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Soft power + hard power = “smart power”

by on December 2, 2011

What is “smart power” and why is it important?

According to Harvard intellectual Joseph Nye Jr., “power in a global information age, more than ever, will include a soft dimension of attraction as well as the hard dimensions of coercion and inducement. The ability to combine hard and soft power effectively is ‘smart power.’”

Secretary of State Hillary Clinton has made her support of “smart power” abundantly clear. During her confirmation hearing in January 2009, Clinton used the phrase “smart power” four times in her opening statement and nine times during her testimony, the New York Times reported.

Clinton said in her opening statement that the U.S. must use smart power, or the “full range of tools at our disposal – diplomatic, economic, military, political legal and cultural – picking the right tool or combination of tools for each situation. With smart power, diplomacy will be the vanguard of our foreign policy.”

Last month, Time magazine wrote a cover story about Clinton and the rise of smart power. Massimo Calabresi, Time’s Washington correspondent who wrote the Clinton cover story, explained the significance of smart power in an interview on CNN. (Click here for clip).

Calabresi’s explanation touched on many of the ideas we have studied in class. He said that we are moving into an era where power is seeping away from traditional centers towards networked individuals (Al Qaeda) and nongovernmental organizations, like the Bill and Melinda Gates Foundation. Essentially, power is locating elsewhere in the world.

The notion of smart power is coming up with ways of influencing other areas of power, such as using technology to reach out to women everywhere in the world, he said.

Clinton has shown a great interest in the use of social media and Calebresi said that one of her technology initiatives boosted funding for the training of dissidents and surveillance-evading software from $15 million to $45 million.

Related to this issue is the State Department’s press for global Internet freedom, which represents an exertion of “soft power.” Nye defines soft power as “getting others to want the outcomes you want” by co-opting people rather than coercing them.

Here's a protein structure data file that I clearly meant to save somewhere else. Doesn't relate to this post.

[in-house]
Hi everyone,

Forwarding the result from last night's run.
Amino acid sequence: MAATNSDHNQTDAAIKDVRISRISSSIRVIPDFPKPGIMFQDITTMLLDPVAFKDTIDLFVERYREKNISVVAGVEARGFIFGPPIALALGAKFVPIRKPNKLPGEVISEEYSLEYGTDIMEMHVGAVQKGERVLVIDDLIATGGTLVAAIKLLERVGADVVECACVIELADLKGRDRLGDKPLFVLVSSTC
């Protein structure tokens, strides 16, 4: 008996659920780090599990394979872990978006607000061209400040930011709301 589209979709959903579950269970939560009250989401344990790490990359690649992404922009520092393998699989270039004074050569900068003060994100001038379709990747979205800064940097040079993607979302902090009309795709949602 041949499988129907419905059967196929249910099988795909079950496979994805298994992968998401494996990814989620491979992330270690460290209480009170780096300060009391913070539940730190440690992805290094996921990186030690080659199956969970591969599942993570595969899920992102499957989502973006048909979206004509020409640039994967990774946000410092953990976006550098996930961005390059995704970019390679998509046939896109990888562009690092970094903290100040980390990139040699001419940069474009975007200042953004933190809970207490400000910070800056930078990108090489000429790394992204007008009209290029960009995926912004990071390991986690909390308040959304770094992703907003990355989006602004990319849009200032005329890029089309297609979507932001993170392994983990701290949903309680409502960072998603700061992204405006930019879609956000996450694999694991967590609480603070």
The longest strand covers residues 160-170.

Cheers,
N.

Clinton gave two major speeches on Internet freedom in 2010 and 2011 and has called out countries, such as China, where Internet freedom is threatened.

Clinton’s February 2011 speech on Internet rights and wrongs also laid out the challenges to a free and open Internet, which included achieving both liberty and security, protecting transparency and confidentiality and protecting free expression while fostering tolerance and civility.

By framing Internet freedom as a U.S. foreign policy priority, Clinton is raising the visibility of the issue and exerting pressure on other countries to conform to international standards of openness. The Internet freedom speeches also put pressure on companies and innovators to think creatively about how to resist or combat censorship around the world.

While I think the State Department is making strides in the right direction, the U.S. government must remember that if it wants to promote Internet freedom globally, it also has to promote a freer Internet within the U.S.




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One Comment
  1. I think it’s interesting how your article leads right into mine – the pending possibility of censored internet in the US, which, oddly enough, Hillary Clinton is a proponent of.

    I really don’t understand this divide between the necessity for a “free and open” internet around the world, but not for the US. HC claims that there is “no contradiction between web freedom and ip rights,” but the law she is a proponent of will give companies and the gov’t the right to take down basically whatever they see fit, smothering internet discussions and creativity.

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